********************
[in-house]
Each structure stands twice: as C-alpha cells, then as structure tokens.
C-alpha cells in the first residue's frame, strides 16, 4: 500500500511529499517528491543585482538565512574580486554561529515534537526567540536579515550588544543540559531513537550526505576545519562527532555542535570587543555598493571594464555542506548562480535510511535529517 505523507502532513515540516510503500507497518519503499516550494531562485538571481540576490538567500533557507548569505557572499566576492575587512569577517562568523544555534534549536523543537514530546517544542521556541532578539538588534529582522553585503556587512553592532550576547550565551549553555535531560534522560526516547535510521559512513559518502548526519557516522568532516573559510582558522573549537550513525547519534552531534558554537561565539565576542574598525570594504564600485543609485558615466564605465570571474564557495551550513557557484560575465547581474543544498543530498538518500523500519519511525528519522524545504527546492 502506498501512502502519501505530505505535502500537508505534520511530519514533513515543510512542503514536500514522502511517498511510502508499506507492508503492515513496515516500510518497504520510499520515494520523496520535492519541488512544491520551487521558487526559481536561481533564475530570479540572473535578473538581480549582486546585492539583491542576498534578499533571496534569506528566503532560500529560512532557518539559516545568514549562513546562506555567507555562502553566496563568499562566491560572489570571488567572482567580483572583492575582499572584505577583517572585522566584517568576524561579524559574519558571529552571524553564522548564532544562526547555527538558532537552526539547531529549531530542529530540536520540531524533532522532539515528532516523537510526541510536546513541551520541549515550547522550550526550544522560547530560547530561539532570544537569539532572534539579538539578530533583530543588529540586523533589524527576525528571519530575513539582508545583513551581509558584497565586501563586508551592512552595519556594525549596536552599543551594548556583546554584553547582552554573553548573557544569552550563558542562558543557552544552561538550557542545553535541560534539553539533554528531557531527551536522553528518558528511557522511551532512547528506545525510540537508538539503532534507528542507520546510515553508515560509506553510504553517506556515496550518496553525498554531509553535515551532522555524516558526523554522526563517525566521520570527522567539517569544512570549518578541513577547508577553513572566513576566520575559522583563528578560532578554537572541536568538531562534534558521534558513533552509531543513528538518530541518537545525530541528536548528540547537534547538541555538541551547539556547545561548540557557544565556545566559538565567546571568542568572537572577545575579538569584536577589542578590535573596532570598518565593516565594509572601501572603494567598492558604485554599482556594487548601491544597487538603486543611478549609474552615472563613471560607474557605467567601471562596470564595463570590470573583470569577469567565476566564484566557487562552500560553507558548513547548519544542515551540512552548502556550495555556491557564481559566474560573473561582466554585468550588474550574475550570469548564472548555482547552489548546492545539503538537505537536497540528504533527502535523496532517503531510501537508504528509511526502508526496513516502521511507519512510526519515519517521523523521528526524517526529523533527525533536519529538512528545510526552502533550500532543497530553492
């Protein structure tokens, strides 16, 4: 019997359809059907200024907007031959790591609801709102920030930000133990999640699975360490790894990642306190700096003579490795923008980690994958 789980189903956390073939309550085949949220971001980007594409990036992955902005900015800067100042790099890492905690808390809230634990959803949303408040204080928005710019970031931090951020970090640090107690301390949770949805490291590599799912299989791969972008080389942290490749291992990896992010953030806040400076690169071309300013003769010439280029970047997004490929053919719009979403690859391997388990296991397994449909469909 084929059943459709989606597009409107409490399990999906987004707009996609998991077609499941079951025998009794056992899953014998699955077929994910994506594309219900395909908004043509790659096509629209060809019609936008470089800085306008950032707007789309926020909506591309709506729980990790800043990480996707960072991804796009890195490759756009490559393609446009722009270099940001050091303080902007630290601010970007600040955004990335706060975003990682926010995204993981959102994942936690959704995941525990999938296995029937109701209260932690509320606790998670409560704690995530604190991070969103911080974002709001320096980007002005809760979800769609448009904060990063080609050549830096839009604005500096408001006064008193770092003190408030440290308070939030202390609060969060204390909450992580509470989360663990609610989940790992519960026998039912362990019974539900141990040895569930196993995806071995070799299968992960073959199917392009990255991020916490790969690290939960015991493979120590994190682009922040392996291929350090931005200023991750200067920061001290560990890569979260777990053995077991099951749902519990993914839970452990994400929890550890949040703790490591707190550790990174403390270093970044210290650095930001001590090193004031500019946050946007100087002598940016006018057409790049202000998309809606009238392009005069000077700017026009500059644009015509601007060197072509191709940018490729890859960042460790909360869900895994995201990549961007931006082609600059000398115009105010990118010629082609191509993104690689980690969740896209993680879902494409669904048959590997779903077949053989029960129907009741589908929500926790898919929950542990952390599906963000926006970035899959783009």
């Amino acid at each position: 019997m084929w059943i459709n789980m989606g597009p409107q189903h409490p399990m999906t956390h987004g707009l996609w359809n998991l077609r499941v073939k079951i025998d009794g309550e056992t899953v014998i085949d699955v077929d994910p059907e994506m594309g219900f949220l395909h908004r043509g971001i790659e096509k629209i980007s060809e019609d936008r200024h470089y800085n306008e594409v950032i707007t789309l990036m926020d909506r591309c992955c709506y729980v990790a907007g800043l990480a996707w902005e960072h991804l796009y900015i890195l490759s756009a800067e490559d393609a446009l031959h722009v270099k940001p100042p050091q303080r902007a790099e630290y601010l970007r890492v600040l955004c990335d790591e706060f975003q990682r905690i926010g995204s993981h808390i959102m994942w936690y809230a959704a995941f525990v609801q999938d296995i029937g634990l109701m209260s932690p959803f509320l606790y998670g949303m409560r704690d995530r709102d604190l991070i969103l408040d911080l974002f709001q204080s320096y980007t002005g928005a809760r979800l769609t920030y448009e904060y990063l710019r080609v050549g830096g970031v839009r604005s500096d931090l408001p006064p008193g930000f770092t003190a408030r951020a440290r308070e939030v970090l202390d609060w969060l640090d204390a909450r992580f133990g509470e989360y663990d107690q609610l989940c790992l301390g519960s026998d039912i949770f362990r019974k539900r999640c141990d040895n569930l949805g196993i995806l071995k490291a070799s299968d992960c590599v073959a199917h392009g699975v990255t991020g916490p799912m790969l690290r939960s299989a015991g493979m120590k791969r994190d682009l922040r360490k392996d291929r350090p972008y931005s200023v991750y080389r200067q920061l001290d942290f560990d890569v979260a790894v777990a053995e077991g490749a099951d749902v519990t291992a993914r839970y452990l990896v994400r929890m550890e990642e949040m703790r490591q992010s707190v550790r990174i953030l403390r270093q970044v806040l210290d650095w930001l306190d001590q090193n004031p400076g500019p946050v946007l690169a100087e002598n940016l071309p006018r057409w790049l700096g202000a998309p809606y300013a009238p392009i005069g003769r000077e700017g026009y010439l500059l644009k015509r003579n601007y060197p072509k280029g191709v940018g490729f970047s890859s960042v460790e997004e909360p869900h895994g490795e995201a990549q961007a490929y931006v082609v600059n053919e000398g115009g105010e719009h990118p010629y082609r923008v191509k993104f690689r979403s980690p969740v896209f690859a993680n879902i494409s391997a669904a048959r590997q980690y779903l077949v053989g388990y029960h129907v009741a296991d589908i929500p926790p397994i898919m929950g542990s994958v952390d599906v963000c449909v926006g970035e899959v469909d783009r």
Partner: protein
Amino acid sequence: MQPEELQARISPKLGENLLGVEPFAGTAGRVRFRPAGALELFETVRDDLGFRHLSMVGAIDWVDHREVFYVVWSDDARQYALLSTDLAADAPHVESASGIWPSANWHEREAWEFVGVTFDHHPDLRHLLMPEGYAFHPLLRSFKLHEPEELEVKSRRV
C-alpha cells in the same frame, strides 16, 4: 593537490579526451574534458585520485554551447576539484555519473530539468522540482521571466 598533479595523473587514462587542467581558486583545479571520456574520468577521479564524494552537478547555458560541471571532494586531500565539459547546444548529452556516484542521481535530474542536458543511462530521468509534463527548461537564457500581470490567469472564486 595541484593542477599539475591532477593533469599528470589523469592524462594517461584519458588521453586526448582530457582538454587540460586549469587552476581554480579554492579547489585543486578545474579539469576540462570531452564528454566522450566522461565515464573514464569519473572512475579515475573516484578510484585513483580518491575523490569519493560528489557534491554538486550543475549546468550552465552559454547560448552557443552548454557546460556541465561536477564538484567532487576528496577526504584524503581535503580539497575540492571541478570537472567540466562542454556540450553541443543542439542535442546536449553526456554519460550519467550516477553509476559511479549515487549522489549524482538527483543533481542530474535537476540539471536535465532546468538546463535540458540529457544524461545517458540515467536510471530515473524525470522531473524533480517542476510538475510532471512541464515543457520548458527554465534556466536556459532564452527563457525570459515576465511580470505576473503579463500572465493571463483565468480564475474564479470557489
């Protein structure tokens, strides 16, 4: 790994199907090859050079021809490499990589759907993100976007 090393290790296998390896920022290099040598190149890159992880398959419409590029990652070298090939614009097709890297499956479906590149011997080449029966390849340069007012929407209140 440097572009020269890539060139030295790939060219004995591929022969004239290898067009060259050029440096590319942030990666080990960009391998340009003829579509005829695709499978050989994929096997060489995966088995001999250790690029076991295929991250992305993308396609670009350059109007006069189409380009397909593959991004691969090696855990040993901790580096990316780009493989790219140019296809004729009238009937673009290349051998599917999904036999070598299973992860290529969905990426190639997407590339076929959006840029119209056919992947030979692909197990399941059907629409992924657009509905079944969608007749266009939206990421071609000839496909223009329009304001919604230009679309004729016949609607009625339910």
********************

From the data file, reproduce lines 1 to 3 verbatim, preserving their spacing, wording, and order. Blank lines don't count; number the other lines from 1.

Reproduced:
[in-house]
Each structure stands twice: as C-alpha cells, then as structure tokens.
C-alpha cells in the first residue's frame, strides 16, 4: 500500500511529499517528491543585482538565512574580486554561529515534537526567540536579515550588544543540559531513537550526505576545519562527532555542535570587543555598493571594464555542506548562480535510511535529517 505523507502532513515540516510503500507497518519503499516550494531562485538571481540576490538567500533557507548569505557572499566576492575587512569577517562568523544555534534549536523543537514530546517544542521556541532578539538588534529582522553585503556587512553592532550576547550565551549553555535531560534522560526516547535510521559512513559518502548526519557516522568532516573559510582558522573549537550513525547519534552531534558554537561565539565576542574598525570594504564600485543609485558615466564605465570571474564557495551550513557557484560575465547581474543544498543530498538518500523500519519511525528519522524545504527546492 502506498501512502502519501505530505505535502500537508505534520511530519514533513515543510512542503514536500514522502511517498511510502508499506507492508503492515513496515516500510518497504520510499520515494520523496520535492519541488512544491520551487521558487526559481536561481533564475530570479540572473535578473538581480549582486546585492539583491542576498534578499533571496534569506528566503532560500529560512532557518539559516545568514549562513546562506555567507555562502553566496563568499562566491560572489570571488567572482567580483572583492575582499572584505577583517572585522566584517568576524561579524559574519558571529552571524553564522548564532544562526547555527538558532537552526539547531529549531530542529530540536520540531524533532522532539515528532516523537510526541510536546513541551520541549515550547522550550526550544522560547530560547530561539532570544537569539532572534539579538539578530533583530543588529540586523533589524527576525528571519530575513539582508545583513551581509558584497565586501563586508551592512552595519556594525549596536552599543551594548556583546554584553547582552554573553548573557544569552550563558542562558543557552544552561538550557542545553535541560534539553539533554528531557531527551536522553528518558528511557522511551532512547528506545525510540537508538539503532534507528542507520546510515553508515560509506553510504553517506556515496550518496553525498554531509553535515551532522555524516558526523554522526563517525566521520570527522567539517569544512570549518578541513577547508577553513572566513576566520575559522583563528578560532578554537572541536568538531562534534558521534558513533552509531543513528538518530541518537545525530541528536548528540547537534547538541555538541551547539556547545561548540557557544565556545566559538565567546571568542568572537572577545575579538569584536577589542578590535573596532570598518565593516565594509572601501572603494567598492558604485554599482556594487548601491544597487538603486543611478549609474552615472563613471560607474557605467567601471562596470564595463570590470573583470569577469567565476566564484566557487562552500560553507558548513547548519544542515551540512552548502556550495555556491557564481559566474560573473561582466554585468550588474550574475550570469548564472548555482547552489548546492545539503538537505537536497540528504533527502535523496532517503531510501537508504528509511526502508526496513516502521511507519512510526519515519517521523523521528526524517526529523533527525533536519529538512528545510526552502533550500532543497530553492